For bottom damage, oil loss is calculated based on the pressure balance principle.
In accordance with paragraph 7 of regulation 23, for a given tidal condition the mean
outflow from bottom damage is calculated as follows:
As explained below, the factor CDB(i)
accounts for oil entrapped within non-cargo tanks
located immediately below a cargo tank.
Independent calculations are carried out for zero and minus 2.5 m tide conditions and the
outflow values are then combined as follows:
7.5 Tidal Effects7.5.1
When an oil tanker experiences bottom damage as a result of a stranding and remains
aground, the occurrence of a fall of tide may result in an outflow of oil because of the hydrostatic
balance principle. For this regulation, oil loss is calculated assuming tide reductions of 0 and
The random nature of the fall of tide may be described by the following two probability
probability density function of relative fall of tide assuming that the tidal motion
may be represented with sufficient accuracy by a long-periodical harmonic motion
and that the time dependent probability of occurrence of a grounding accident is
uniformly distributed over the tidal period. The relative fall of tide is defined as
the ratio of the actual fall of tide and the double amplitude of the tidal motion.
probability density function of the double amplitude of tidal motion at the time of
the accident. From the statistics, which are restricted to data available from the
OTD study , an approximate analytical description of the probability density
function can be estimated.
From these two probability density functions the probability density function of the actual
fall of tide may be derived. Although extreme tides of 6 m or more occur in certain areas of the
world, such large tides are relatively rare. The probability density function for the fall of tide
shows a significant effect up to about 3 m. That is, the probability of an actual fall in tide in
excess of 3 m is less than 5%.
There is also a reduced probability that vessels will ground at high tide, as under keel
clearances are typically increased.
It was determined that the tidal effect could be reasonably represented by performing
calculations at two tides, 0 m and –2.5 m and then combining the results by 70%:30% ratio.
7.6 Cargo tanks bound by the bottom shell7.6.1
Even if they are in hydrostatic balance, some cargo oil outflow can be expected from
cargo tanks bounding the bottom shell which are penetrated due to bottom damage. These losses
are attributable to initial exchange losses occurring on impact, and dynamic effects introduced
from current and waves.
For the OTD study (1)*, model tests were carried out for the purpose of assessing the
magnitude of these dynamic losses. For the purposes of that study, it was decided that oil
outflow equal to at least 1% of the cargo tank volume should be assumed. This same assumption
is applied in the Revised Interim Guidelines as well as regulation 23.
7.7 Oil retained in non-oil tanks located below the cargo tank7.7.1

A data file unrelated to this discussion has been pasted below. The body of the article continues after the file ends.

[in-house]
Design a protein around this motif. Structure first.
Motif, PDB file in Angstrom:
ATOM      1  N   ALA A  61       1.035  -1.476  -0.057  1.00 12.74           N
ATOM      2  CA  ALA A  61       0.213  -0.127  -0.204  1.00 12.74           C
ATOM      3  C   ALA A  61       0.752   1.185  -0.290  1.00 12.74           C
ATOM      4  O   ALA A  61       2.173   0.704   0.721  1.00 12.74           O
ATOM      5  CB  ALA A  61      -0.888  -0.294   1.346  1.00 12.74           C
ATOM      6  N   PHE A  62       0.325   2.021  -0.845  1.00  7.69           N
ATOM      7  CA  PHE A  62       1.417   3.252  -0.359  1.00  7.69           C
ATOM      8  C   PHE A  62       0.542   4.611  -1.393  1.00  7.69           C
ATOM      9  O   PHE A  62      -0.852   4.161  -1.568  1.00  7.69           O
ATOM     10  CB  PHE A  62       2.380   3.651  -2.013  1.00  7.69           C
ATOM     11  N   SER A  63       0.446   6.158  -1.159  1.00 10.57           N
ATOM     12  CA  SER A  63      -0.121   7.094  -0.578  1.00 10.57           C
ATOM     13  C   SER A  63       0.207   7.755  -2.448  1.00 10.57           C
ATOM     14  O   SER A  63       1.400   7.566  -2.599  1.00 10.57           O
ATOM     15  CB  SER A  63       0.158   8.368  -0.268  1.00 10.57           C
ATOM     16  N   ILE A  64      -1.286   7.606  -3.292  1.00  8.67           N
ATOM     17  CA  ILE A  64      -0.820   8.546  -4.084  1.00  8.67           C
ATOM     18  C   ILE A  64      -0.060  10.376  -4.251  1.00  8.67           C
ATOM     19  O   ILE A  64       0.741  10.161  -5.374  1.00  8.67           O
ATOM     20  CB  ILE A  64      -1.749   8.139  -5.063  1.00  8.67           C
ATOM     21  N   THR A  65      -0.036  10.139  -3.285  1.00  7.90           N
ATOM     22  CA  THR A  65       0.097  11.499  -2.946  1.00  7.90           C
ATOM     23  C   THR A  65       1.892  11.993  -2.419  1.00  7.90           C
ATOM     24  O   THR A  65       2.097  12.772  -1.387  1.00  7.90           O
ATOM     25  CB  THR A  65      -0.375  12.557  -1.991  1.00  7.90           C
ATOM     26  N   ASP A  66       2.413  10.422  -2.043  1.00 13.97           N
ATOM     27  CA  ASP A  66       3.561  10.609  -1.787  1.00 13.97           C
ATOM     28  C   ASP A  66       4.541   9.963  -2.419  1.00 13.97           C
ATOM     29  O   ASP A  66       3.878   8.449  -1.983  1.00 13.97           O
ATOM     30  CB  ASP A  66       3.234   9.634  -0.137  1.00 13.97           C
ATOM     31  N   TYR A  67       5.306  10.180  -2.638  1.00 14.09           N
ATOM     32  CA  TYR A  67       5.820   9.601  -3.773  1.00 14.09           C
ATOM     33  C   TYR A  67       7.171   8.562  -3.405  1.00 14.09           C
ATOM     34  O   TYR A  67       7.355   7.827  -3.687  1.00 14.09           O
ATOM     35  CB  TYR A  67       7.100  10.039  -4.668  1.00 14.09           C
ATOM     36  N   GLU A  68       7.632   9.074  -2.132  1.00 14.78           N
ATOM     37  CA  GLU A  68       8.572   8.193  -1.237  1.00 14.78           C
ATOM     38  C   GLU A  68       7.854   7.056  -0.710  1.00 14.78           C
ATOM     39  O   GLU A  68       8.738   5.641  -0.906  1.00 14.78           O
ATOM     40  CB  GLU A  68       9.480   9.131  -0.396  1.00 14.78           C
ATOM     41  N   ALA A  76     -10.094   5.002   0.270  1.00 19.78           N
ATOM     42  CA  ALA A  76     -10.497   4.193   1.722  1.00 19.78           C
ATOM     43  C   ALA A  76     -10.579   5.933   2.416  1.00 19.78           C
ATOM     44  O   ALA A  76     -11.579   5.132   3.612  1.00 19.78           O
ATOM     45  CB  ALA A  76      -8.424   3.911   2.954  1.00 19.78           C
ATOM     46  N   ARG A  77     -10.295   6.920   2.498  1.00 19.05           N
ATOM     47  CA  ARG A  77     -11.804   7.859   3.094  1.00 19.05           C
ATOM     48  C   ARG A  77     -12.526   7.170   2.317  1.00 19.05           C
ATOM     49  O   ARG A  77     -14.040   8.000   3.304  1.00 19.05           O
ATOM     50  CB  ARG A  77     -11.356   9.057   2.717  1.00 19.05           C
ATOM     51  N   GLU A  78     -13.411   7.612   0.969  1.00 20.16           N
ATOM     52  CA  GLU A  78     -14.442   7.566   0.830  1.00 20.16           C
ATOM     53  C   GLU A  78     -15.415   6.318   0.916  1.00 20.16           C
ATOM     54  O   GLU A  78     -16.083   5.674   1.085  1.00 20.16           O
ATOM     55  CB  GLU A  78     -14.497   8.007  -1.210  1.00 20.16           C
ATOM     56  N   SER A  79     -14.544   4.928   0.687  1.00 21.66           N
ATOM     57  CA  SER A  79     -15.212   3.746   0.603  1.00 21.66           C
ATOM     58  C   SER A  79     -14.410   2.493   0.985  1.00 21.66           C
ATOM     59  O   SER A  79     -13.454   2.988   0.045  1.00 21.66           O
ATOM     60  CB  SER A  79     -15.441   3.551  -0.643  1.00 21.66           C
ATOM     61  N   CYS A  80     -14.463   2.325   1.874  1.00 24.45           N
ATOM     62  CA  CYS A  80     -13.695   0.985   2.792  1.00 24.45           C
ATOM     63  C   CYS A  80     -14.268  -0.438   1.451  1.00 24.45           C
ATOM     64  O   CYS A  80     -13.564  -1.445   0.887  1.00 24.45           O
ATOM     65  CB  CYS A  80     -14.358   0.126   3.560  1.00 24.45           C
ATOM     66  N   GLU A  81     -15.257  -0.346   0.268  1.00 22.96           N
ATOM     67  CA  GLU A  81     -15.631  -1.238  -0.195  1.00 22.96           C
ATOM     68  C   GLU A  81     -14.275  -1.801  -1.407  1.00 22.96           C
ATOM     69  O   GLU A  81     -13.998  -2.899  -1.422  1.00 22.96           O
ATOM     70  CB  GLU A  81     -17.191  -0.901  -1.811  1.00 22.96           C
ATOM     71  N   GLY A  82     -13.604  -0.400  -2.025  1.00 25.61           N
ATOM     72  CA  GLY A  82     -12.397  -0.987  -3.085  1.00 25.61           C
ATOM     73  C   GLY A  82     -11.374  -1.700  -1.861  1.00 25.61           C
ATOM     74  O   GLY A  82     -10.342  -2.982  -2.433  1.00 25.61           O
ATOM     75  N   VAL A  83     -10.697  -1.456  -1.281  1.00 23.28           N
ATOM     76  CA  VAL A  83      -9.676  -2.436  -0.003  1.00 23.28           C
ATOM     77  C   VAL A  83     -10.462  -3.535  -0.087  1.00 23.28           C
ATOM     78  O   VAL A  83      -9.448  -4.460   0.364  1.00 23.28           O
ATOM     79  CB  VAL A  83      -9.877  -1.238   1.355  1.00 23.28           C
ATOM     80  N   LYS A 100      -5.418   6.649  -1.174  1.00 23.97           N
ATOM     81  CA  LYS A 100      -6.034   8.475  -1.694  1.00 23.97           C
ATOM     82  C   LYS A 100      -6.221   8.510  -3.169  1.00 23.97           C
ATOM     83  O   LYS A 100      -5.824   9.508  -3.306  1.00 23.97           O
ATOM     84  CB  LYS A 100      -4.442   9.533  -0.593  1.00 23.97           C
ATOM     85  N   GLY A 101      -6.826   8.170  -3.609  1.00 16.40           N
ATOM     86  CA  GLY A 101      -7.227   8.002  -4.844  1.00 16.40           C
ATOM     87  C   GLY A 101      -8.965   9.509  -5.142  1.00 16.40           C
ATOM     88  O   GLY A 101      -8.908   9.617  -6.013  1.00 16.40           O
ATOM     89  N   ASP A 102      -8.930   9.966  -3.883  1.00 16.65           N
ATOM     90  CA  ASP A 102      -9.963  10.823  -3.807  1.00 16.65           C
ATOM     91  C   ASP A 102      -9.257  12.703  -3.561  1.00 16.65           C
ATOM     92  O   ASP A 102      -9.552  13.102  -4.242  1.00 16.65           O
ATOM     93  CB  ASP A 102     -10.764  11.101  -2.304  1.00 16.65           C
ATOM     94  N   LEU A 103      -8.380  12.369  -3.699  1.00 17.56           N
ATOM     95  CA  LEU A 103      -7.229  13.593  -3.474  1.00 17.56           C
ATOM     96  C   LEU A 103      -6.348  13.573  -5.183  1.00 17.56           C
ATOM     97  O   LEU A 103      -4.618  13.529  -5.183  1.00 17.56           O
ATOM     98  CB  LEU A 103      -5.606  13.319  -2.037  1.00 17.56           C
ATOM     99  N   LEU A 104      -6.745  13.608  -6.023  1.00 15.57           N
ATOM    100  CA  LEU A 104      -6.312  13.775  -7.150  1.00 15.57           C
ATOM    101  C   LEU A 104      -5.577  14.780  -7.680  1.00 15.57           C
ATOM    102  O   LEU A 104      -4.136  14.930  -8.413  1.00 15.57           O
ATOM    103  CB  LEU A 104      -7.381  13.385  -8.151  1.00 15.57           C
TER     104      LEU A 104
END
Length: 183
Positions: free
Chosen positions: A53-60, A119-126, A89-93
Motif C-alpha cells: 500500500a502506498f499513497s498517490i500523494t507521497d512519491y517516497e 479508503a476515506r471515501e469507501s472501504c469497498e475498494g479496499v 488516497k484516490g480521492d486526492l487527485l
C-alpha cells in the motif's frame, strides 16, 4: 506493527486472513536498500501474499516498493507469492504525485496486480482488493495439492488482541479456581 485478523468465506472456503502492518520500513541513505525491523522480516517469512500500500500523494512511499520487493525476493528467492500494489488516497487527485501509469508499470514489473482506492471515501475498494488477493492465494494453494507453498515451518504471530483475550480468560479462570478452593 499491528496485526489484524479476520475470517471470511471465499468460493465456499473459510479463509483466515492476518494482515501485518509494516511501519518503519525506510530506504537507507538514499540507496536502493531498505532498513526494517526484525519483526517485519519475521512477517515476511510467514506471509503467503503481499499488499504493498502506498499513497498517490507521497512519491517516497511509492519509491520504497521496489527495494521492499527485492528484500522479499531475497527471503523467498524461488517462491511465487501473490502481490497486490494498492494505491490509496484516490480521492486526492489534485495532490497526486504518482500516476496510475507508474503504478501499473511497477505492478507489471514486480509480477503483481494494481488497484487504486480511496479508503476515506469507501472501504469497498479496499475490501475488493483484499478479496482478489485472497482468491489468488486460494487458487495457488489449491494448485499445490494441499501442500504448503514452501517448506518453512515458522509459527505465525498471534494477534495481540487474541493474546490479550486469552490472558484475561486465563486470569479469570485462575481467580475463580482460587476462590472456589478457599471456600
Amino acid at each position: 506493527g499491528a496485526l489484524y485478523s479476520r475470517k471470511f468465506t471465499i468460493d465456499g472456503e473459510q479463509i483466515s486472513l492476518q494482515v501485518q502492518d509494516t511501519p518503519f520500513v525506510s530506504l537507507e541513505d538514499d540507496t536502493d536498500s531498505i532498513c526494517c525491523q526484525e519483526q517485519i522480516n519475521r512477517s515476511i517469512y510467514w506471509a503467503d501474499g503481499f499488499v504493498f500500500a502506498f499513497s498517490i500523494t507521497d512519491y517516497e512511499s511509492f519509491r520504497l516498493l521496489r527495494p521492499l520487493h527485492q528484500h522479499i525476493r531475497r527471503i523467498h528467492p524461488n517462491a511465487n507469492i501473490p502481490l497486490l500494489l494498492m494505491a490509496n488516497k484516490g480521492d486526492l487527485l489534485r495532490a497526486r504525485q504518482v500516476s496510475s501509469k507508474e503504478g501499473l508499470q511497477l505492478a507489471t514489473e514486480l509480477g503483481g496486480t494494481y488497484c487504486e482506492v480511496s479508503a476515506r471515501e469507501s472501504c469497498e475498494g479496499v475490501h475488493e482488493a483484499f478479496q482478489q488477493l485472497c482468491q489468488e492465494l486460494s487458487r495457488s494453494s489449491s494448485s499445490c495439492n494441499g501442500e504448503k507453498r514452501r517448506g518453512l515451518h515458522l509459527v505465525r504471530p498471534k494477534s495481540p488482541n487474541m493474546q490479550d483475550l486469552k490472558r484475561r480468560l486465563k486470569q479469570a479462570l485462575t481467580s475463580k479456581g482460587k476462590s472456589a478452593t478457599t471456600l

When a double hull tanker experiences bottom damage through the double bottom tanks
and into the cargo tanks, a certain portion of the oil outflow from the cargo tanks may be
entrapped in the double bottom tanks. Where the pressure differential between the cargo in the
tank and the outside sea is small (e.g. during a falling tide), it is reasonable to assume that the double hull space will be very effective in retaining lost oil. However, when the pressure
differential is relatively large and the penetration small, model tests conducted during the OTD
study (1)* demonstrated that only about 1/7 of the oil flowing out was retained in the double hull
As a consequence of these studies, it was surmised that –if both outer and inner bottoms
are breached simultaneously and the extent of rupture at both bottoms is the same, it is probable
that the amount of seawater and oil flowing into the double hull space would be the same.– On
this basis, the Revised Interim Guidelines specify that for breached non-cargo spaces located
wholly or in part below breached cargo oil tanks, the flooded volume of these spaces at
equilibrium should be assumed to contain 50% oil and 50% seawater by volume, unless proven
With the simplified approach applied in regulation 23, the combination of tanks involved
in each damage scenario is not determined and therefore oil retention in non-cargo spaces cannot
be directly computed. To account for oil retention in this regulation, the oil outflow from a cargo
tank located above a non-cargo space as determined from the hydrostatic balance calculation is
multiplied by an outflow reduction factor CDB(i)
To determine the outflow factor CDB(i)
, bottom damage outflows for ten actual double
tankers as well as the parametric series of designs discussed in paragraph 8 were calculated with
and without double bottom retention. The outflow reduction factor fell between 0.50 and 0.70
for all of the actual tankers, and 83% of the designs in the parametric series. On this basis, an
outflow reduction factor CDB(i)
of 0.60 was selected. That is, (1 – 0.60) or 40% of the outflow is
assumed to be entrapped by the non-oil tanks below.
* Refers to reference (1) on page 43.